Organizing consists of making other people work. We do this by manip ulating symbols: words, exhortations, memos, charts, signs of status. We expect these symbols to have the desired effects on the people con cerned. The success of our organizing activities depends on whether the others do attach to our symbols the meanings we expect them to. Whether or not they do so is a function of what I have sometimes called "the programs in their minds" -their learned ways of thinking, feeling, and reacting-in short, a function of their culture. The assumption that organizations could be culture-free is naive and myopic; it is based on a misunderstanding of the very act of organizing. Certainly, few people who have ever worked abroad will make this assumption. The dependence of organizations on their people's mental pro grams does not mean, of course, that we do not find many similarities across organizations. Some characteristics of human mental program ming are universal; others are shared by most people in a continent, a country, a region, an industry, a scientific discipline, or even a gender.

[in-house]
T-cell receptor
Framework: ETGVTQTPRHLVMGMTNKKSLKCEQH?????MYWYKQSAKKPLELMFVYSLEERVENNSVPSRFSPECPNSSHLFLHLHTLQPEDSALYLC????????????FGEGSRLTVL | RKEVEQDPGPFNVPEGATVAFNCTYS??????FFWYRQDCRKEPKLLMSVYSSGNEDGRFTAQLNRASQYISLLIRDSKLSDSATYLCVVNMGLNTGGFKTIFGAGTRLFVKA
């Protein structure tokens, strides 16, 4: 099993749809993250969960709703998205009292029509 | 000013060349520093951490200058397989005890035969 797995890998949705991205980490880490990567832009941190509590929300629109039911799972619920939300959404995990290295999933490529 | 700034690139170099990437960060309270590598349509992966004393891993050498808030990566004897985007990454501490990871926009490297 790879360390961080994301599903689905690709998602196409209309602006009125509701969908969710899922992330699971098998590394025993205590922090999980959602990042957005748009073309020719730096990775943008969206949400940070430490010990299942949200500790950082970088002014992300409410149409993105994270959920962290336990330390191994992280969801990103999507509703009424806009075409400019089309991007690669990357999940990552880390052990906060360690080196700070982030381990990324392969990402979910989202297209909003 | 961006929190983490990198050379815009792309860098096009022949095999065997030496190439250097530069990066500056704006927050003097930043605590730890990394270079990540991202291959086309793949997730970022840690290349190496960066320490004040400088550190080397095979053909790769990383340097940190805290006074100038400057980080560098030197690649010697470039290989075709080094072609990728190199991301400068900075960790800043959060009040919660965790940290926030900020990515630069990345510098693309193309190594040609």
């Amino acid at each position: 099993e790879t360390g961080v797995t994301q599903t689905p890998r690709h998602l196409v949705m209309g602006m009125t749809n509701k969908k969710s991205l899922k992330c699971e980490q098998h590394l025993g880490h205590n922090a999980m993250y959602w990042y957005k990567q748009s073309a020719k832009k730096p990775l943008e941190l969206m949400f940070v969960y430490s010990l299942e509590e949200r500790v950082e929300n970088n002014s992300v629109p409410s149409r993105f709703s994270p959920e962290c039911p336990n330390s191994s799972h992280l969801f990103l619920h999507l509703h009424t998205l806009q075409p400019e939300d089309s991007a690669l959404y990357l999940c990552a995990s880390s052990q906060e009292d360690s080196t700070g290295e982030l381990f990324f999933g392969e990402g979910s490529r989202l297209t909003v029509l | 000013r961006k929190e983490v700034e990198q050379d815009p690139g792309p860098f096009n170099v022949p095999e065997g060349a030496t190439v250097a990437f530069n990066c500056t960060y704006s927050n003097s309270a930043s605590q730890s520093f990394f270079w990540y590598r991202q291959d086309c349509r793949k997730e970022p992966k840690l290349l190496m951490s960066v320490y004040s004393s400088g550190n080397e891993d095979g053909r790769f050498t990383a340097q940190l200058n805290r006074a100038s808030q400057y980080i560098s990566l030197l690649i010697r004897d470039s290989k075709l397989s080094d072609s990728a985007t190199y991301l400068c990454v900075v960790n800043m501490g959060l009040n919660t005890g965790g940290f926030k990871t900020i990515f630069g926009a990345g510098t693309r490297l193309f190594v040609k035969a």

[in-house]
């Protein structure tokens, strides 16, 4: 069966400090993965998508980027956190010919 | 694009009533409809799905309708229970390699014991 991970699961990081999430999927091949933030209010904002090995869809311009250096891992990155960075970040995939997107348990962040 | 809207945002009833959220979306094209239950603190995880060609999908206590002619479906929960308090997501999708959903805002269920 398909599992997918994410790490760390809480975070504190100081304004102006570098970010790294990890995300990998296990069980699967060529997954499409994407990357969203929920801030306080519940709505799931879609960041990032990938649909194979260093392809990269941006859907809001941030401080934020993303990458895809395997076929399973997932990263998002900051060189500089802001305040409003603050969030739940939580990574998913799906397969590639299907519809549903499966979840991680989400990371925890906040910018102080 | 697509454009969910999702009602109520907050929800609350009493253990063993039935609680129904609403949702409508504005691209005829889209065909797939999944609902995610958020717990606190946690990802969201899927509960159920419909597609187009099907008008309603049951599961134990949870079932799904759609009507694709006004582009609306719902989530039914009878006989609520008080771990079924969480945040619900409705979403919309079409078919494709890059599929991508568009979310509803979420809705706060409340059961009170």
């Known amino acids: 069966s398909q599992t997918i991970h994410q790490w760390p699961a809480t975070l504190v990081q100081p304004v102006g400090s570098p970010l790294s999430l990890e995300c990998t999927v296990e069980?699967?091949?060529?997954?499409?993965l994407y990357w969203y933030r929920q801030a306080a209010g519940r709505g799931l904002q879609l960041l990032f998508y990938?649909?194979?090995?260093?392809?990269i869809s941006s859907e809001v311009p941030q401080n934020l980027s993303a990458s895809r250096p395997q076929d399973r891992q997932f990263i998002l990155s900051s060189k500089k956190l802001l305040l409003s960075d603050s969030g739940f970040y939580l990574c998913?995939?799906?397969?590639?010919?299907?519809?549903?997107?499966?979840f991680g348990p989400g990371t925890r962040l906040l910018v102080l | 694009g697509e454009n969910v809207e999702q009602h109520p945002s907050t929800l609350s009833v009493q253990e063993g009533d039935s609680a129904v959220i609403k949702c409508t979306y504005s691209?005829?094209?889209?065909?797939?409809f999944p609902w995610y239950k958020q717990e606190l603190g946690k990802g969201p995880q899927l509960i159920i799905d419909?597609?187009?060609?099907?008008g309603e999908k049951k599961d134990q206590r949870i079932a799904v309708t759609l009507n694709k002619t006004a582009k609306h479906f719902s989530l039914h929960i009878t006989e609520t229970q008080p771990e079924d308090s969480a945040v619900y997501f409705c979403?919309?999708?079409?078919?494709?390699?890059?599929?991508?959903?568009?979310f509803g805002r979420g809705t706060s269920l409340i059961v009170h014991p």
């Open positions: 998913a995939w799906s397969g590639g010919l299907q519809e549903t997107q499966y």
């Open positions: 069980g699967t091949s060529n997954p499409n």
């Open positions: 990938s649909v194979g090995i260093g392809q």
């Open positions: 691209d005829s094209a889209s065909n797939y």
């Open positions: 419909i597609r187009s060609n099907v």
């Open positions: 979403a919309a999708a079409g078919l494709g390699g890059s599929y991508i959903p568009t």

Author: C.A.B., Yg. Osigweh
Publisher: Springer Science & Business Media
Category: Business & Economics
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